2016 cheat sheet: Miami Dolphins
Everything you need to know about the Miami Dolphins entering the 2016 season, all in one place.
2016 cheat sheet: Miami Dolphins
To get you ready for the 2016 NFL season, the PFF analysis crew is assembling team “cheat sheets” to catch you up on the latest changes, grades, and rankings of note involving your NFL team.
The 2015 season that was supposed to be a confluence of free-agent spending and Ryan Tannehill peaking in his development never came to fruition. The money was callously spent on few big names instead of multiple competent starters, and left the Dolphins with gaping holes at multiple positions (guard and cornerback, most notably). Now Miami is looking to right the ship after a 6-10 disappointment. The offensive and defensive lines have been restocked, and the front office has given Tannehill young talent around him heading into his fifth year in the league.
Three biggest things to know
1. Ryan Tannehill has more talent than ever around him on offense.
Jarvis Landry, DeVante Parker, Kenny Stills, Leonte Carroo, Jordan Cameron, Arian Foster, Jay Ajayi, and a much-improved offensive line: that’s as much talent as the Dolphins have assembled around quarterback Ryan Tannehill in his entire career. He’s also being paired up with Adam Gase, the offensive coordinator of the highest-scoring offense in NFL history. After the lowest-graded season of his career, Tannehill has no excuses in 2016.
2. Secondary still rife with questions.
Out goes Brent Grimes, in comes Byron Maxwell and Isa Abdul-Quddus. That’s certainly a much-needed influx of talent, but at this point, it remains to be seen if it will make a difference. The roster still lacks a cornerback that they can point to and say, “We know he’ll be good.” Maxwell is fresh off a season in which he allowed 787 yards, ninth-most in the league. Across from him, the projected starter is Tony Lippett, who has played all of 221 snaps at cornerback the past four seasons (including college). Miami could still field an effective secondary, but at this time, we just don’t know.
3. Can the D-Line be dominant?
Everyone recognizes the names Ndamukong Suh, Mario Williams, and Cameron Wake, but at 29, 31, and 34 years old, respectively, will they be the same players everyone remembers? If so, the Dolphins will boast one of the top defensive lines in the league, consistently generating pressure without blitzing. If not, it could be a rough year for Miami, especially considering they still haven’t solved their nose tackle woes from a season ago. Earl Mitchell had the lowest run-defense grade of any DT a season ago while, Jordan Phillips was the third-lowest. At such a key run-defense position, that must improve.
Key arrivals and departures
Top three draft picks: OL Laremy Tunsil (Round 1, pick No. 13 overall, Ole Miss), CB Xavien Howard (Round 2, pick No. 38 overall, Baylor), RB Kenyan Drake (Round 3, pick No. 73 overall, Alabama)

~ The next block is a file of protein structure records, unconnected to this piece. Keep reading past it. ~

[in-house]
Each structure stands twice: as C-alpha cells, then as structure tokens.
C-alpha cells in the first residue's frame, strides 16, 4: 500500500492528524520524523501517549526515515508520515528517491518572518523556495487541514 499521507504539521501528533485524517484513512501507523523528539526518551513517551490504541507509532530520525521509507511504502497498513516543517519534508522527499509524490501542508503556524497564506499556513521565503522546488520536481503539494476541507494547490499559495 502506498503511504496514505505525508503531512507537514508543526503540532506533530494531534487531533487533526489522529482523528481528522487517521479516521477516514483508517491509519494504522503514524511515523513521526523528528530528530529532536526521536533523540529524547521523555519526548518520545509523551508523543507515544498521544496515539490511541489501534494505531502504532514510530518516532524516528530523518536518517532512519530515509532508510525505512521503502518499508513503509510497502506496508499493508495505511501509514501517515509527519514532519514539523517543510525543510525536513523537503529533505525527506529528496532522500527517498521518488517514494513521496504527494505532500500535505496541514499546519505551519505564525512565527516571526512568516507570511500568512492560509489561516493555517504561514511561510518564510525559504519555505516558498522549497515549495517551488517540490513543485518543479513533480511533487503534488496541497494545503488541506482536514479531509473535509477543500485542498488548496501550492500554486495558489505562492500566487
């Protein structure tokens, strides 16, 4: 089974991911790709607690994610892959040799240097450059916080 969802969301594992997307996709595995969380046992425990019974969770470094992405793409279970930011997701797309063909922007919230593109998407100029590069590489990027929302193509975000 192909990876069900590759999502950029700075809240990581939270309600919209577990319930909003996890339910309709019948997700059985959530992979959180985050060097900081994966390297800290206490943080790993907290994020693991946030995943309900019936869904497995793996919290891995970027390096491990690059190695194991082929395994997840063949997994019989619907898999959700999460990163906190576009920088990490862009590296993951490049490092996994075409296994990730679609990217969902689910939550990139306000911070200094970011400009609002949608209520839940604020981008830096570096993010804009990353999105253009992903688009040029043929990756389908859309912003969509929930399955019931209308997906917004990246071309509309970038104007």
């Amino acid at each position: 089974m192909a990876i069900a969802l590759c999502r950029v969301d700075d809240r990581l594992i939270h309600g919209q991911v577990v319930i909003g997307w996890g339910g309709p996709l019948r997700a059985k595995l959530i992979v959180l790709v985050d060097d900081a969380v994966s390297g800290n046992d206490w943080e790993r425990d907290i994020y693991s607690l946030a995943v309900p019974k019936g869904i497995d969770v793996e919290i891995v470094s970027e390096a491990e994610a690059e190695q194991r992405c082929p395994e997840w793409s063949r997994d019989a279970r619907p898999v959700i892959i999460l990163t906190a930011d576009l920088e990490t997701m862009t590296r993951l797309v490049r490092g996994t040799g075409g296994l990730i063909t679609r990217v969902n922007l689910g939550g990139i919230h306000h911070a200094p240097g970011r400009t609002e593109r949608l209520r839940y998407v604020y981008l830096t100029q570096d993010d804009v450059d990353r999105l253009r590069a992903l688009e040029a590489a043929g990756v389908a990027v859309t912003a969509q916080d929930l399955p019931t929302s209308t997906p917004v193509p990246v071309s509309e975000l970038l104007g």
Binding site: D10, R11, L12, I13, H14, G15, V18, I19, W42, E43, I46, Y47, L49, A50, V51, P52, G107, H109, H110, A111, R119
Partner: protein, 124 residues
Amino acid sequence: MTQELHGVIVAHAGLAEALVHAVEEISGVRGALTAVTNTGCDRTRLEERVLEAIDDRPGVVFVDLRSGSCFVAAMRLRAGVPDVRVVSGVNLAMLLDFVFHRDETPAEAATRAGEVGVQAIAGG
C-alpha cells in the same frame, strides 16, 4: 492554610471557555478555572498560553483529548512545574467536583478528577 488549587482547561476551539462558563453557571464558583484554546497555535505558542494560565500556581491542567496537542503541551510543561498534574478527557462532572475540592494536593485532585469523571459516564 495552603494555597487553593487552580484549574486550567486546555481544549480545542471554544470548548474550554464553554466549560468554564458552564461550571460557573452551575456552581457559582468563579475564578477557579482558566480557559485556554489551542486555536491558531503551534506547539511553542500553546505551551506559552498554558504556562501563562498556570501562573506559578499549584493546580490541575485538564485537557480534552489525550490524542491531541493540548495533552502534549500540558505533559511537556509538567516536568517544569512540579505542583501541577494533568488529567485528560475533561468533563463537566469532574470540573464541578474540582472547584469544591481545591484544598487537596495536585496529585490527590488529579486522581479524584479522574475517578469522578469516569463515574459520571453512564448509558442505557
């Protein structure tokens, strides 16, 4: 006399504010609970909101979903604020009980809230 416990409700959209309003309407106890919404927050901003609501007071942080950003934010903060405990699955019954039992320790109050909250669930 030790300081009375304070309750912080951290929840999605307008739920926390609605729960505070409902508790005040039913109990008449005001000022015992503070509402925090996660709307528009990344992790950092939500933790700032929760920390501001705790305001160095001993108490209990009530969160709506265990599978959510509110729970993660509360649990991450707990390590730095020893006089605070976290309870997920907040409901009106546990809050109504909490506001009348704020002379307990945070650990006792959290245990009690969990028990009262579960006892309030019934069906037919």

Signed in free agency: DE Mario Wililams (Bills), DE Jason Jones (Giants), DE Andre Branch (Jaguars), S Isa Abdul-Quddus (Lions), G Kraig Urbik (Bills)
Left via free agency: DE Olivier Vernon (Giants), DE Derrick Shelby (Falcons), RB Lamar Miller (Texans), WR Rishard Matthews (Titans), CB Brice McCain (Titans)
Acquired by trade: CB Byron Maxwell (Eagles), LB Kiko Alonso (Eagles)
Cut: CB Brent Grimes (Buccaneers)
Rookie to watch
Laremy Tunsil, OG, Ole Miss (Round 1, pick No. 13 overall)
10 minutes prior to the draft starting, absolutely no one believed Laremy Tunsil would still be available by the time the Dolphins picked. We all know what happened, though, and Miami was the beneficiary. Tunsil was the PFF’s top-graded tackle, and fifth-overall player, in the draft. He’ll start at guard on the left side as not to hinder former first-round pick Ja’Wuan James’ development, and to say he’ll be an upgrade is an understatement.
Highest-graded player of 2015
Ndamukong Suh, DT, 91.1 overall grade
If you’re looking for someone to blame for the Dolphins’ defensive struggles, don’t point the finger at their big-money free-agent signing. He didn’t “transform the defense like people expected, but it’s impossible for one player on defense to have that kind of impact. Suh simply put up the highest-graded overall season of his career, notching 60 total pressures.
Breakout player watch
Tony Lippett, CB
One could just as easily put second-year wide receiver DeVante Parker here, but almost everyone at least knows about him at this point. Lippett, on the other hand, is much more intriguing. He was a fifth-round pick out of Michigan State a year ago, where he was a wide receiver for the Spartans. It wasn’t even until the last three games of his senior season that he played both ways and saw snaps at cornerback (although he split time there as a freshman, as well). He graded out so well then—and in 137 pro snaps last season—that it’s intriguing that he’s been running with the first-team this preseason.
Base defense (2015 season grades shown)
Offense with three receivers (2015 season grades shown)